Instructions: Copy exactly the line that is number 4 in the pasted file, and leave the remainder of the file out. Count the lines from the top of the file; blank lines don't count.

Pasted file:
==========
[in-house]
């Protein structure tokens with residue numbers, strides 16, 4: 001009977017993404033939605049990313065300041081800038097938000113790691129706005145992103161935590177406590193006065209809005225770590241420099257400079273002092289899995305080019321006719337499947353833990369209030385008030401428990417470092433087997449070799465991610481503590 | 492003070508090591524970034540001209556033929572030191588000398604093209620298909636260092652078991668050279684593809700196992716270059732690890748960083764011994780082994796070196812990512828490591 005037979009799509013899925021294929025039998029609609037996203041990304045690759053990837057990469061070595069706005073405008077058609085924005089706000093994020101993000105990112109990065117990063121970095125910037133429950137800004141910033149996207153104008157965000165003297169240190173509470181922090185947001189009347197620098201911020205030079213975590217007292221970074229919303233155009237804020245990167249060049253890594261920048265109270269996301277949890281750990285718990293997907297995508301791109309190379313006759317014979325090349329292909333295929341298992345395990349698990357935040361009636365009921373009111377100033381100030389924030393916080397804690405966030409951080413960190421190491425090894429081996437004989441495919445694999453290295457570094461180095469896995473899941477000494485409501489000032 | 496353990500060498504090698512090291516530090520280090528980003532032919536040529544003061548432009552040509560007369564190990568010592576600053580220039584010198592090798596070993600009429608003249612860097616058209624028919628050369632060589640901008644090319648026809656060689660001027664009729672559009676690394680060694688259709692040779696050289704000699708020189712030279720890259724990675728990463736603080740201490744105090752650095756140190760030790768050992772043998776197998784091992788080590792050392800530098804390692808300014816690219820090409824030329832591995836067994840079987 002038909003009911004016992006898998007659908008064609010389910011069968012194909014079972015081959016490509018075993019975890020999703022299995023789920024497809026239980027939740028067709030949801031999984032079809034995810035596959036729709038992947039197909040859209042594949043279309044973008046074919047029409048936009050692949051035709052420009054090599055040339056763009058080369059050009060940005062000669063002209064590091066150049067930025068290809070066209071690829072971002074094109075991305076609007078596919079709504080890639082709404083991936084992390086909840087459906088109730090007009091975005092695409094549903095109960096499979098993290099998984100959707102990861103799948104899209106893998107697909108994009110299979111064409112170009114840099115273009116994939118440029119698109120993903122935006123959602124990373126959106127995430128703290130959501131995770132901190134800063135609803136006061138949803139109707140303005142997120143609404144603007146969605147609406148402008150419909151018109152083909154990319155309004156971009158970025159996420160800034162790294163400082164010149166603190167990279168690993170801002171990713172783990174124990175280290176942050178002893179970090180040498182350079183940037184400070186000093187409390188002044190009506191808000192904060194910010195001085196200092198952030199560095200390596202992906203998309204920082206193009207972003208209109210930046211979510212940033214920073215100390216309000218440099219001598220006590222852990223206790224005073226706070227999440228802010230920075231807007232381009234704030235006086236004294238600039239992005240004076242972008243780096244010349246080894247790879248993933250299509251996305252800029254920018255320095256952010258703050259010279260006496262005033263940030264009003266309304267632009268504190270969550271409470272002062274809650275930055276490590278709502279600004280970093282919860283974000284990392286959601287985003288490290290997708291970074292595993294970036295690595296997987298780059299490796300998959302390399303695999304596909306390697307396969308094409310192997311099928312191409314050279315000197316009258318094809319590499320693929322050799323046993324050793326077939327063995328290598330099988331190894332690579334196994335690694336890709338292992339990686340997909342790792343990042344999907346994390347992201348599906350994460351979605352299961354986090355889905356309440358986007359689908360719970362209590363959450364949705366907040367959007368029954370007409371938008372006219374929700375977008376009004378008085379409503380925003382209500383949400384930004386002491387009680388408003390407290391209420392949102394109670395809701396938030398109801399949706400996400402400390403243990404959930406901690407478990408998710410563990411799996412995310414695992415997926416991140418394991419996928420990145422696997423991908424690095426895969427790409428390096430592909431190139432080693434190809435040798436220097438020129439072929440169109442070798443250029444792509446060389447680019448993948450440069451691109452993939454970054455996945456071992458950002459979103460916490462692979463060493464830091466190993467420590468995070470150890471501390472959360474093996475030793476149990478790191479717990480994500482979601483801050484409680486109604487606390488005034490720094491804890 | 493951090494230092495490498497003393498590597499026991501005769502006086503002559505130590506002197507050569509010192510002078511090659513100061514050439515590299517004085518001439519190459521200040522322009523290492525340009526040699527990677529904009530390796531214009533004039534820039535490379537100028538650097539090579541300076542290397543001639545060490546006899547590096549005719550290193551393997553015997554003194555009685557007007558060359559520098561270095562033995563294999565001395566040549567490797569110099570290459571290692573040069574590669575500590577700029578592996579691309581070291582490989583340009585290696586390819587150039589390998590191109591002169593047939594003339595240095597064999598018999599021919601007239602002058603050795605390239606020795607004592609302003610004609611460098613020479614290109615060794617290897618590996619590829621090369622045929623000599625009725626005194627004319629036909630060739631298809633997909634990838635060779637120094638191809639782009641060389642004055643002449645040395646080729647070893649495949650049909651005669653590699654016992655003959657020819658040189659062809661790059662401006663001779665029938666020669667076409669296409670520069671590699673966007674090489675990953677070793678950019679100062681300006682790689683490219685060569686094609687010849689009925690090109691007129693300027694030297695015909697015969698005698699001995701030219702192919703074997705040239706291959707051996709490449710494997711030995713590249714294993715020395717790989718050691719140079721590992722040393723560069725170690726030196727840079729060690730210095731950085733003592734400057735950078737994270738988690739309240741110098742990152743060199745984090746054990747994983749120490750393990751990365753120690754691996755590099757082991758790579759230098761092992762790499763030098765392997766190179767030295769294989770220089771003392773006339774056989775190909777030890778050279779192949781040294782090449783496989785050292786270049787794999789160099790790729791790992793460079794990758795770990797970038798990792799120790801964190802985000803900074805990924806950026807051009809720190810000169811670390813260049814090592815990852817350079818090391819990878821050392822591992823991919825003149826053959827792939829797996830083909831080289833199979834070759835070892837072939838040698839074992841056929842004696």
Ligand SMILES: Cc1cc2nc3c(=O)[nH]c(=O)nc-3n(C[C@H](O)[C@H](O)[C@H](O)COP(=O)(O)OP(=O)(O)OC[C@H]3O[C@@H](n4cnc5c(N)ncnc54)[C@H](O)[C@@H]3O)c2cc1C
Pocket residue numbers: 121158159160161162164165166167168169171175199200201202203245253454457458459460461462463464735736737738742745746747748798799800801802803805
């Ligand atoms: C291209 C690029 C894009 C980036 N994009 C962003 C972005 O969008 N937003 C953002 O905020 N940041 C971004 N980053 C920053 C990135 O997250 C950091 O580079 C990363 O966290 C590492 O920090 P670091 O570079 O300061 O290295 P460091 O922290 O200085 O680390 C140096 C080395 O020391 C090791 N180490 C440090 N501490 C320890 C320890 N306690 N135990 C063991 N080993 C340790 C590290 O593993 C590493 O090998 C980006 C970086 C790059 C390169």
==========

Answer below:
Pocket residue numbers: 121158159160161162164165166167168169171175199200201202203245253454457458459460461462463464735736737738742745746747748798799800801802803805